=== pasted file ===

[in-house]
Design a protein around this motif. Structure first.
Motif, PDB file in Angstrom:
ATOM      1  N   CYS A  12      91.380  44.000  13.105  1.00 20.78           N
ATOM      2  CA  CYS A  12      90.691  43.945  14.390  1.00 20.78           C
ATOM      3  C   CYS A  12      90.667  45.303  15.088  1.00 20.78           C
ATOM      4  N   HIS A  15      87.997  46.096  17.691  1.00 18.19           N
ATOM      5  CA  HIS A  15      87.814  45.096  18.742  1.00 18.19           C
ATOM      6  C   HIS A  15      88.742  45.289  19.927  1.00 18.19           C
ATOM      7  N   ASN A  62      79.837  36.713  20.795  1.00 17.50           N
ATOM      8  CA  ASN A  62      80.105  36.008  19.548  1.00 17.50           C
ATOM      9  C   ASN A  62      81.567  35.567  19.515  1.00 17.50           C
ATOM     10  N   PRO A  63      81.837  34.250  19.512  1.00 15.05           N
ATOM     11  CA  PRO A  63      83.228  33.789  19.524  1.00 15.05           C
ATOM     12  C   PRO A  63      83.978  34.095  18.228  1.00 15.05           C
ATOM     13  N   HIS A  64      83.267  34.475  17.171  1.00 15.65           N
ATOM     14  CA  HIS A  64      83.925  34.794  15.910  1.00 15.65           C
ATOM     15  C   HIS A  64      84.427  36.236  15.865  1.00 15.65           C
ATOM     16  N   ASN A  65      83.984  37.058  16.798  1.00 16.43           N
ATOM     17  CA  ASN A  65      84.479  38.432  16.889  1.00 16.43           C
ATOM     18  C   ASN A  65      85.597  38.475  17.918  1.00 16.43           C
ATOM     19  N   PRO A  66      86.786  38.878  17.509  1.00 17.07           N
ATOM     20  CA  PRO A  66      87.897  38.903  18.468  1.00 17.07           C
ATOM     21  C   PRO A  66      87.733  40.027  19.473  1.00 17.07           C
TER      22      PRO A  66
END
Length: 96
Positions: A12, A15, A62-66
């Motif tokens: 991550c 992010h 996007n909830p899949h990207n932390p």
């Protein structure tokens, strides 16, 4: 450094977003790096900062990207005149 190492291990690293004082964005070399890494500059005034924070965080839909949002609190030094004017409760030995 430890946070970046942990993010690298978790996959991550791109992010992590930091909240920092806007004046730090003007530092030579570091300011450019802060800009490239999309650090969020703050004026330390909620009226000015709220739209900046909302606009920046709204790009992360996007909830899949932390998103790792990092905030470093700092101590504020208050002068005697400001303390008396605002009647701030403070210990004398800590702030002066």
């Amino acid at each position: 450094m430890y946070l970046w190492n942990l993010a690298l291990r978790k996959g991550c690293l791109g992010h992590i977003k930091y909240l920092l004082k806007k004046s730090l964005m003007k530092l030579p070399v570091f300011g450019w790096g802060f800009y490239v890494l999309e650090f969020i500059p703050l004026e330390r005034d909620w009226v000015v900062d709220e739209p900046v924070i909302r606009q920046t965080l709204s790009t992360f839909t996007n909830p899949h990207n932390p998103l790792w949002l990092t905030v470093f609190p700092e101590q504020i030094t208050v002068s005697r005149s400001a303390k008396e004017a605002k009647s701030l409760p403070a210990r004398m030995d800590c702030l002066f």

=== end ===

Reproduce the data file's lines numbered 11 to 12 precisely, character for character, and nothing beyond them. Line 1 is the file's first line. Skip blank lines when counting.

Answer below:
ATOM      8  CA  ASN A  62      80.105  36.008  19.548  1.00 17.50           C
ATOM      9  C   ASN A  62      81.567  35.567  19.515  1.00 17.50           C